Chapter 10:6-12 (ESV) - “I will strengthen the house of Judah,
and I will save the house of Joseph.
I will bring them back because I have compassion on them,
and they shall be as though I had not rejected them,
for I am the Lord their God and I will answer them.
Then Ephraim shall become like a mighty warrior,
and their hearts shall be glad as with wine.
Their children shall see it and be glad;
their hearts shall rejoice in the Lord.
“I will whistle for them and gather them in,
for I have redeemed them,
and they shall be as many as they were before.
Though I scattered them among the nations,
yet in far countries they shall remember me,
and with their children they shall live and return.
I will bring them home from the land of Egypt,
and gather them from Assyria,
and I will bring them to the land of Gilead and to Lebanon,
till there is no room for them.
He shall pass through the sea of troubles
and strike down the waves of the sea,
and all the depths of the Nile shall be dried up.
The pride of Assyria shall be laid low,
and the scepter of Egypt shall depart.
I will make them strong in the Lord,
and they shall walk in his name,”
declares the Lord.
Question to consider: What New Testament event saw the gathering of God’s people in repentance?
It’s important to note that Ephraim was the son of Joseph so the two names are used interchangeably in this passage. If you went through my study of Genesis, you may have remembered that though Reuben was the eldest son of Jacob, he did not receive the firstborn inheritance, for he sinned against Jacob by lying with Bilhah, Jacob’s concubine and servant of Rachel. So the inheritance was split between Judah, who received Jacob’s scepter, and Joseph, who received the double portion of wealth.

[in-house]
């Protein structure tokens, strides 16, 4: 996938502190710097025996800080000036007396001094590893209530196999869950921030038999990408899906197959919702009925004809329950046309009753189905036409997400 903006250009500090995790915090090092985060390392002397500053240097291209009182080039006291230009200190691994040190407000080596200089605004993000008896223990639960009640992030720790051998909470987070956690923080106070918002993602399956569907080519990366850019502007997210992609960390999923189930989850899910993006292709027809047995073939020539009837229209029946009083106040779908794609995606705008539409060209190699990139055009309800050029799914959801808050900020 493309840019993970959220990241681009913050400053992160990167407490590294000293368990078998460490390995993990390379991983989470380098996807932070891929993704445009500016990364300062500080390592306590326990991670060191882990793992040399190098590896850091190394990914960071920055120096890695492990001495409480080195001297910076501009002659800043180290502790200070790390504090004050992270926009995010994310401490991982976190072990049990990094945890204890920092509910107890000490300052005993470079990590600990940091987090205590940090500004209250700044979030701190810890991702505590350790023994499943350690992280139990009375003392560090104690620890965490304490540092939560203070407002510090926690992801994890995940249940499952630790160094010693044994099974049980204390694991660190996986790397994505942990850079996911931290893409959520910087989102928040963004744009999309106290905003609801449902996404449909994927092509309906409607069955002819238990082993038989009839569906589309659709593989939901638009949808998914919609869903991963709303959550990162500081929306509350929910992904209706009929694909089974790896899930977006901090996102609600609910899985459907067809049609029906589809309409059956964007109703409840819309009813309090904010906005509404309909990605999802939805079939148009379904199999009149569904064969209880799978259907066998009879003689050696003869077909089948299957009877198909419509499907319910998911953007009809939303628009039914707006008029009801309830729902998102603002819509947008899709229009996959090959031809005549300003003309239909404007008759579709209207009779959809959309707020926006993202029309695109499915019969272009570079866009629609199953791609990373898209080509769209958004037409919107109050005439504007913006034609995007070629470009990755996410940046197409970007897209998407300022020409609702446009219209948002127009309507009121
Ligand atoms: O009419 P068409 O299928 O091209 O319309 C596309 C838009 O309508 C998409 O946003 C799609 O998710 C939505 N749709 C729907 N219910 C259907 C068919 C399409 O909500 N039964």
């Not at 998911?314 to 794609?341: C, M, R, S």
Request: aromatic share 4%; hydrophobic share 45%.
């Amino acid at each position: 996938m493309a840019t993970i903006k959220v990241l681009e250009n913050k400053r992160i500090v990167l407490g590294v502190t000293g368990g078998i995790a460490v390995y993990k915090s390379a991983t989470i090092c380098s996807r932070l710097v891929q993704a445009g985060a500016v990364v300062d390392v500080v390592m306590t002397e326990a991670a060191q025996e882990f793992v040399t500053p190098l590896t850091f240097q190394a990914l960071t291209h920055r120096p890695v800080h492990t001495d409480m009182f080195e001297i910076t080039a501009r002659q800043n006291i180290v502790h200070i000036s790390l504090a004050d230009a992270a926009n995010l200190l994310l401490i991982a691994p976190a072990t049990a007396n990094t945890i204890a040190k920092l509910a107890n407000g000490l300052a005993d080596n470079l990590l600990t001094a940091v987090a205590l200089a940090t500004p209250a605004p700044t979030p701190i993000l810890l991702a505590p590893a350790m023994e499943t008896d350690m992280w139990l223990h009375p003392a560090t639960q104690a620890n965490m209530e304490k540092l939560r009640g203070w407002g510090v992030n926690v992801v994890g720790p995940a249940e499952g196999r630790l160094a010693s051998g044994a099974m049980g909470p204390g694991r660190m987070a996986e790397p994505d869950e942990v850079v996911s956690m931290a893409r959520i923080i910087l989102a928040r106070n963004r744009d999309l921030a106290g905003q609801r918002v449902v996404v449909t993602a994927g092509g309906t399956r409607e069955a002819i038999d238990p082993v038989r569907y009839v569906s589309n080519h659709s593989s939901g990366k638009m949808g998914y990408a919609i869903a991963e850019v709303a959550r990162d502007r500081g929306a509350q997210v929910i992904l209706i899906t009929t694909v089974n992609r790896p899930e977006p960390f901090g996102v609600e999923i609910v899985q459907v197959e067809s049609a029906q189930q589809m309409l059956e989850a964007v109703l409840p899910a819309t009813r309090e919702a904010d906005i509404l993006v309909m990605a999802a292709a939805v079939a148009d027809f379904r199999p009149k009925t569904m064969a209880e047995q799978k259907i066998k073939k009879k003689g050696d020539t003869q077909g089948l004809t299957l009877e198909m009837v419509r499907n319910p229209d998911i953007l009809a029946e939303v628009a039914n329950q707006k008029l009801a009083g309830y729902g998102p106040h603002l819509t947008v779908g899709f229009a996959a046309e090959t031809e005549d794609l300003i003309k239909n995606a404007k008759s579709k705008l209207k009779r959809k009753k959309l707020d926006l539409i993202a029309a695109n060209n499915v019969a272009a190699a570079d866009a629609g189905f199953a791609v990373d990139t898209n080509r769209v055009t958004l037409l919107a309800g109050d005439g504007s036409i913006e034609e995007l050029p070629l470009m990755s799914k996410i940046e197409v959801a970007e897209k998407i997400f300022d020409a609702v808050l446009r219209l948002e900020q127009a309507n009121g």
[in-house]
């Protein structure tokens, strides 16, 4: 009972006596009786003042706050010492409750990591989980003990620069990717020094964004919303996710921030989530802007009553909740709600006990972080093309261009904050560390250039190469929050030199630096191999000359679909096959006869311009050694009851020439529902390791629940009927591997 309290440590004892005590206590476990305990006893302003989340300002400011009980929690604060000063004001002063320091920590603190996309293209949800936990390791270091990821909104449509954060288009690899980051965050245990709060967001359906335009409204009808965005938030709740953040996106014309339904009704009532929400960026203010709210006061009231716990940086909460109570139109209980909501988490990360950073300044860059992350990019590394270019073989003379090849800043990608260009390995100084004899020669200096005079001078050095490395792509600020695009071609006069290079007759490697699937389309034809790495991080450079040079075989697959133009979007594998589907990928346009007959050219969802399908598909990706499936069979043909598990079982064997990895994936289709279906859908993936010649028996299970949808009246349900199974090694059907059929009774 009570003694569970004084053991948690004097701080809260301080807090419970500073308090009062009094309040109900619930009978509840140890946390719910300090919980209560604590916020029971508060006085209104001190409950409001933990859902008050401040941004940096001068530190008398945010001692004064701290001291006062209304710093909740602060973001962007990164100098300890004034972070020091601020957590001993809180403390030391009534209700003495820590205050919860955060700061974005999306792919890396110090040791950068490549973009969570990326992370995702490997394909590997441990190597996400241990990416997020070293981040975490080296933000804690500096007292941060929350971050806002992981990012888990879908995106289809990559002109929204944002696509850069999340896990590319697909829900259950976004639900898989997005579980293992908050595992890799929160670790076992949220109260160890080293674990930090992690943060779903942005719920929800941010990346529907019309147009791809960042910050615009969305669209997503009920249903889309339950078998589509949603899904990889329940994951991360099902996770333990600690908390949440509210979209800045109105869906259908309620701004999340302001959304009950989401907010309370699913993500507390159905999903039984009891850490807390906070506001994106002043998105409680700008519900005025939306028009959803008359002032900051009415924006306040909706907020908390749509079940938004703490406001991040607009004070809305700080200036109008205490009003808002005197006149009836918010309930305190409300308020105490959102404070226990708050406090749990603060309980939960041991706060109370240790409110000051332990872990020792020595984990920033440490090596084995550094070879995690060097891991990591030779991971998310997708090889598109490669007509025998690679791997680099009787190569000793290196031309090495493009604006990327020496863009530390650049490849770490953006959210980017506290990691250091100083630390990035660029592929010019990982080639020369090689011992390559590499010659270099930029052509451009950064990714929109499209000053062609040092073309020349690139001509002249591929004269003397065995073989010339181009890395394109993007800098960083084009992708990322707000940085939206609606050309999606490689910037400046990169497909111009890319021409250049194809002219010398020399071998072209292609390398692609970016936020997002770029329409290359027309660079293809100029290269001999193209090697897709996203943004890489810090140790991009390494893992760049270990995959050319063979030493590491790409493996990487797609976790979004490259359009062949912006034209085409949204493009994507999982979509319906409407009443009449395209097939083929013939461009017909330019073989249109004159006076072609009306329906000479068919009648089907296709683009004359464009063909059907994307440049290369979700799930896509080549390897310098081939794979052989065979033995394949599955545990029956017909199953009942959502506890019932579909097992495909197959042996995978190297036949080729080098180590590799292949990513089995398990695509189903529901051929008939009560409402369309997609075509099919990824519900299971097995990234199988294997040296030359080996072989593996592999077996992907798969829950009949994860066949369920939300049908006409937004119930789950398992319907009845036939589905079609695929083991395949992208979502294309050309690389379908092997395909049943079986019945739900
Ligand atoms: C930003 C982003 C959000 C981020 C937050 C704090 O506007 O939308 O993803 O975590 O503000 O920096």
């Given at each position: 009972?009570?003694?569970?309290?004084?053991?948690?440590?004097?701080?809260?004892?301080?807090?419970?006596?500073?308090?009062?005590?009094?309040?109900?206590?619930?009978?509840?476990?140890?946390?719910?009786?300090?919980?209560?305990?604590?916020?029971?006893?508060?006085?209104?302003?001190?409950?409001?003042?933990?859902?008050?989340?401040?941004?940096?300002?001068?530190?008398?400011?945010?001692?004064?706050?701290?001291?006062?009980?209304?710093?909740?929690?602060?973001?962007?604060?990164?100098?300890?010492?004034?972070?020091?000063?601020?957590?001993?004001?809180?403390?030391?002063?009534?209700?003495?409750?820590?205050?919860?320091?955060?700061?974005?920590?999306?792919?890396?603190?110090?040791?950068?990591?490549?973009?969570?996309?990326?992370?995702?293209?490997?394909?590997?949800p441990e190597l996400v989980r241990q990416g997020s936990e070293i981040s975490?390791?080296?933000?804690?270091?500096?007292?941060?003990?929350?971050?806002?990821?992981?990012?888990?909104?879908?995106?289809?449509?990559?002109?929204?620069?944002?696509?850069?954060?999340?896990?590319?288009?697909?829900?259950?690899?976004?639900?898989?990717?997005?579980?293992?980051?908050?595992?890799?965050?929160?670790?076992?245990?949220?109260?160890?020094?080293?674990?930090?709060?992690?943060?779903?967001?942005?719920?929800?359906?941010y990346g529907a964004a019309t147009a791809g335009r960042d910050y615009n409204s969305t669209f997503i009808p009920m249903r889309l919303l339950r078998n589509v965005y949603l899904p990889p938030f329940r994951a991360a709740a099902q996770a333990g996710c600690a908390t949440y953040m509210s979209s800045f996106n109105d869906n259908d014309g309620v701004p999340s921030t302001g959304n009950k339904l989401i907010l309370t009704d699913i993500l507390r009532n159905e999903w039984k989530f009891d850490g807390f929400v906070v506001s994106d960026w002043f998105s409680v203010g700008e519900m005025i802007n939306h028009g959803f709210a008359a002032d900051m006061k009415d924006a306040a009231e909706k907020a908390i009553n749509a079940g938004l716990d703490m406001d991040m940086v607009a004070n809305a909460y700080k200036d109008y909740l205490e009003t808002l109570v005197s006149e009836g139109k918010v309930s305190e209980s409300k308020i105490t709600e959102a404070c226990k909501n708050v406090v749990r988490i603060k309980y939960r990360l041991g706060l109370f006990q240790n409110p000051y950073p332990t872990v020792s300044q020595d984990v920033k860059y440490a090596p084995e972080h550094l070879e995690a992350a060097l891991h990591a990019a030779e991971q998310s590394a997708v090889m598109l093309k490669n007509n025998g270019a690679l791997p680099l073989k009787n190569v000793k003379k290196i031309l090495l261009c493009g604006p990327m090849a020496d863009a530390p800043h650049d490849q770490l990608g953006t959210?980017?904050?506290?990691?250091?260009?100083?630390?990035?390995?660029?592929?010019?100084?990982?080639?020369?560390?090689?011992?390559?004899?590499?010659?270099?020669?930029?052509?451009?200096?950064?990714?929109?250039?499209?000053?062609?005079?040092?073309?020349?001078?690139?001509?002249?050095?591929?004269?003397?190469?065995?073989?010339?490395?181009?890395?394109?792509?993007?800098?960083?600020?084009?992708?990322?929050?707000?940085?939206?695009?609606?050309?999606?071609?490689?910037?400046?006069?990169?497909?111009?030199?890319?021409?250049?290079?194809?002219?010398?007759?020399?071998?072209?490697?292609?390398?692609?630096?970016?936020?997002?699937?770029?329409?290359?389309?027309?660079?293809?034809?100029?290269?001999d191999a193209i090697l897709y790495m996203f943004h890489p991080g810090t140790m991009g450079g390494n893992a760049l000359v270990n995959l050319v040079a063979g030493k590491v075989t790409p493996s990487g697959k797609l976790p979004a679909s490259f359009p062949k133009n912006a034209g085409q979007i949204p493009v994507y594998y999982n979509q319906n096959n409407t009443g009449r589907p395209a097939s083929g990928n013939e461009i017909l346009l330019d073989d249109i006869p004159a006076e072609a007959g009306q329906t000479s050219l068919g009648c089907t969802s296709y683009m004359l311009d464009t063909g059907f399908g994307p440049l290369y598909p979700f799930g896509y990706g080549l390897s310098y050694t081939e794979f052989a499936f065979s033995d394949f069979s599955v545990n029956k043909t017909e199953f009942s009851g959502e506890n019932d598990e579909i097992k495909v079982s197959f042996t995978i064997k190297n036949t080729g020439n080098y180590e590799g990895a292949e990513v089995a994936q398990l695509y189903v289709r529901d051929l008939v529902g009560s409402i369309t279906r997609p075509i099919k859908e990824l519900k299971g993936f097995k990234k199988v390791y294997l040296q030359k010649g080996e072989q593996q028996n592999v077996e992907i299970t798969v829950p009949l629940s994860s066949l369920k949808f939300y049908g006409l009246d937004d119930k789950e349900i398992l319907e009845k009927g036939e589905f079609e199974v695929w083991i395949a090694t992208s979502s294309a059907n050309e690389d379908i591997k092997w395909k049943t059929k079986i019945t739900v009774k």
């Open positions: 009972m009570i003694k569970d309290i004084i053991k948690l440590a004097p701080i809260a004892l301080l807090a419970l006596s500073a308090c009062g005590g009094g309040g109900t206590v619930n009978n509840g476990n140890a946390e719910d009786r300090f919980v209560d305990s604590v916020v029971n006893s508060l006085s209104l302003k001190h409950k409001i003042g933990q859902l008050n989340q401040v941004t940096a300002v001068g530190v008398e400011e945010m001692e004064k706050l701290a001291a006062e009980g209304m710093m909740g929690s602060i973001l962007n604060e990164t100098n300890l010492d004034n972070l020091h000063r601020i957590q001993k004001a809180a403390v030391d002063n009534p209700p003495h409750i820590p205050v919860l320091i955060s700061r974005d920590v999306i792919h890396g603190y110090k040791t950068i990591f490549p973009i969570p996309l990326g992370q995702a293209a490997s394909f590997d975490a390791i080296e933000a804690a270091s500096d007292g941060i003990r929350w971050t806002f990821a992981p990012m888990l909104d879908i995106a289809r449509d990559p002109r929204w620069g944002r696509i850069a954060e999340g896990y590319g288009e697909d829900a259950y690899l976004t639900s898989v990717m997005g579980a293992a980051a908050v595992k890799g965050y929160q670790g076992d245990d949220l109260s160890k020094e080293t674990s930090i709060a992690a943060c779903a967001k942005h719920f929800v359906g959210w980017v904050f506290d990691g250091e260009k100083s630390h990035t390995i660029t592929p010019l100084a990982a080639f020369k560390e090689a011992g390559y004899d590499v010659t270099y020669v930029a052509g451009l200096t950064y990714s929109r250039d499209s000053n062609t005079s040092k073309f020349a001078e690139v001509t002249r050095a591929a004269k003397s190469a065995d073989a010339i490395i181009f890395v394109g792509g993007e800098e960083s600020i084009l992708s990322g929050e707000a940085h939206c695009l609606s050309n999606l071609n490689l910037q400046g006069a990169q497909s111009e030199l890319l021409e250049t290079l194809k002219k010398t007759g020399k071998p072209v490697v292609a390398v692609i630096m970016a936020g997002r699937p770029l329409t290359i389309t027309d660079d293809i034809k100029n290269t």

At the death of Solomon, the people divided Israel into two kingdoms along these lines. Those associated with Ephraim (Joseph’s son), established the northern kingdom which was known for its wealth. Those associated with Judah to the south had the holy city and temple of God. Both kingdoms sinned against God and were eventually scattered among the nations in judgment.
The parts of the oracle which came before this had the Lord shepherding His people through the one whom He would send to be king of kings and Lord of Lords. Once the Lord installed this righteous king, He would whistle for His sheep and gather in the people of Judah and Joseph, for He had redeemed them through the sacrifice of this king whose blood drenched the corners of the altar.
Today’s passage is of course the image of the church that formed at Pentecost. God had gathered them from the nations to redeem them. They were cut to the heart when they realized they had murdered their Messiah, and Peter gave them the good news that they could turn back to the Lord and be baptized for the forgiveness of their sins and receive the Holy Spirit. (see Acts 2:37-41). They stayed in Jerusalem where they were made “strong in the Lord” by the teaching of the apostles. After the stoning of Stephen, the Lord scattered them once again to the nations. This time, however, they were not dispersed in judgment but as those who would “walk in His name” and bring the nations to repentance with the gospel.
Dear Lord, praise You for establishing Your church and bringing salvation to the nations! Please strengthen our weak knees and feeble arms so that we can be Your holy instruments in the world. Amen.